DHL was the biggest employer not just in Wilmington, but in the five surrounding counties. The shock waves are being felt in communities filled with people who were able to make a good living with relatively little education.
“I hate to say it, but you have to wonder whether in the long run it was a good thing having DHL and Airborne Express here,” said Katy Farber, president of the Chamber of Commerce in nearby Highland County.
Some 2,800 people out of a population of 42,000 in Highland County lost their jobs when DHL left. The county had Ohio’s highest unemployment rate in October — 15.9 percent. Unemployment in the area before DHL began ratcheting down operations in May 2008 had long been around 3 percent.
“For decades our children were able to make $50,000 to $60,000 a year throwing boxes without even a high school diploma,” Farber said. “We have to retrain our workforce because those jobs are gone.”
People in a truck leave after shopping at Walmart in Rogers, Arkansas, November 8, 2009. REUTERS/Lucy Nicholson
It’s a challenge to which Michigan, home of the automobile, has become accustomed.
“The hardest thing for many auto workers who’ve been doing the same job for 25 years or so to accept is that instantly, permanently, their standard of living has been ratcheted down 80 percent,” said Douglas Stites, chief executive of Capital Area Michigan Works, a career center in Lansing, Michigan. “You may have been making $25 an hour making widgets for years, but now your skill set means you’re worth $8 an hour.”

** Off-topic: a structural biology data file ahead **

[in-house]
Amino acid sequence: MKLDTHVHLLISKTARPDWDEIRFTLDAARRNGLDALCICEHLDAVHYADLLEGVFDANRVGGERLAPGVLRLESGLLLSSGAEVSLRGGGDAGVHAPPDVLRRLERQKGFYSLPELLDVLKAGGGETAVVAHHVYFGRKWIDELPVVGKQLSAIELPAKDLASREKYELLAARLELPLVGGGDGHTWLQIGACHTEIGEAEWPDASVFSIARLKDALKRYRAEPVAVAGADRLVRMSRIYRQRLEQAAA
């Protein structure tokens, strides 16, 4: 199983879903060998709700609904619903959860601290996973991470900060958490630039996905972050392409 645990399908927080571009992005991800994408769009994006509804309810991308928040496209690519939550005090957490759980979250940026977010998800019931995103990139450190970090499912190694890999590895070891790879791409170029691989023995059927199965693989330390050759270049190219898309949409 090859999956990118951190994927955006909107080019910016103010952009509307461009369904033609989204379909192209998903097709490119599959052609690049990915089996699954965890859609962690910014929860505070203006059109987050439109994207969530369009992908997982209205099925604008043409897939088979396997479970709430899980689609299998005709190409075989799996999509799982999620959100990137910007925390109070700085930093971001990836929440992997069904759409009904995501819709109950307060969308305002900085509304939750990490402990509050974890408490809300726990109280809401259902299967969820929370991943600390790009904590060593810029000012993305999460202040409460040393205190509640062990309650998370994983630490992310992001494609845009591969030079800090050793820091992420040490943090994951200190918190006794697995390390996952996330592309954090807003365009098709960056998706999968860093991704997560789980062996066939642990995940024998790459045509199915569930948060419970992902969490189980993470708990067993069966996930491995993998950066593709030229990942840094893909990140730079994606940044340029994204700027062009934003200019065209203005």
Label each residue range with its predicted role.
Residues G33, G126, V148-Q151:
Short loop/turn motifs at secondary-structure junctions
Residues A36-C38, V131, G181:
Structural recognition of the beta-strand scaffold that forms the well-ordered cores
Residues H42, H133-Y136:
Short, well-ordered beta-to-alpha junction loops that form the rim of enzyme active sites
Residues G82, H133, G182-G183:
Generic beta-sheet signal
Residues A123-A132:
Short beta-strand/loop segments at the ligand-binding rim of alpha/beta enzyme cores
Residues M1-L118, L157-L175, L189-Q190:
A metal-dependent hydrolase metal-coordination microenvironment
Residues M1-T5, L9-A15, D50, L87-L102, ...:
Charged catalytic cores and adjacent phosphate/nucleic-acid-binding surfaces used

The center is a hive of activity, with people filing in to make job applications and sign up for retraining courses.
Stites recalls a group of Hmong men who turned up after being laid off at an auto supplier. Although they moved from Southeast Asia to America decades ago, their low-skilled jobs meant they never had to bother learning English.
“What do you tell people like that?” he said. “There is no way they’re ever going to be able to sustain the lifestyle they’ve become accustomed to.”
Accepting that many of the easy, high-paid jobs of the past are gone is the first step in a process that some communities have taken toward reinvention. Youngstown, for instance, spent many years looking for a way to revive the steel industry.
“We have had to embrace the fact that we are going to be different and there is no going back to where we were,” said Mayor Williams. “But being smaller can also be better.”
Part of Youngstown’s Plan 2010 strategy involves trying to revitalize neighborhoods that can be saved and — in a city with 4,500 vacant homes — letting go those that cannot.
A man walks past a painted building in Youngstown, Ohio November 21, 2009. REUTERS/Brian Snyder
“We are aiming to focus on the neighborhoods that can be saved,” said Phil Kidd, a community organizer at the nonprofit group Mahoning Valley Organizing Collaborative. “But we have to accept the fact that we are going to have to wind down some neighborhoods gracefully.”
From a peak of 28.3 percent in 1953, manufacturing’s share of U.S. Gross Domestic Product fell to 11.5 percent in 2008.
Much of that decline in the recent past has been due to production moving overseas to developing nations like China or across the U.S. southern border into Mexico.
This is a source of frustration and anger for workers like the 1,100 former employees at the Whirlpool refrigerator plant in Evansville, Indiana, which has said it will shut in 2010 as the company shifts production to Mexico.
“It was like a punch in the gut,” said Natalie Ford, 42, of the announcement in August. Ford worked at the plant for nearly 19 years, while her husband Jim, 47, counts 18 years there.
“After all we have done for Whirlpool, I feel like we’ve been betrayed,” she added, her eyes misting over.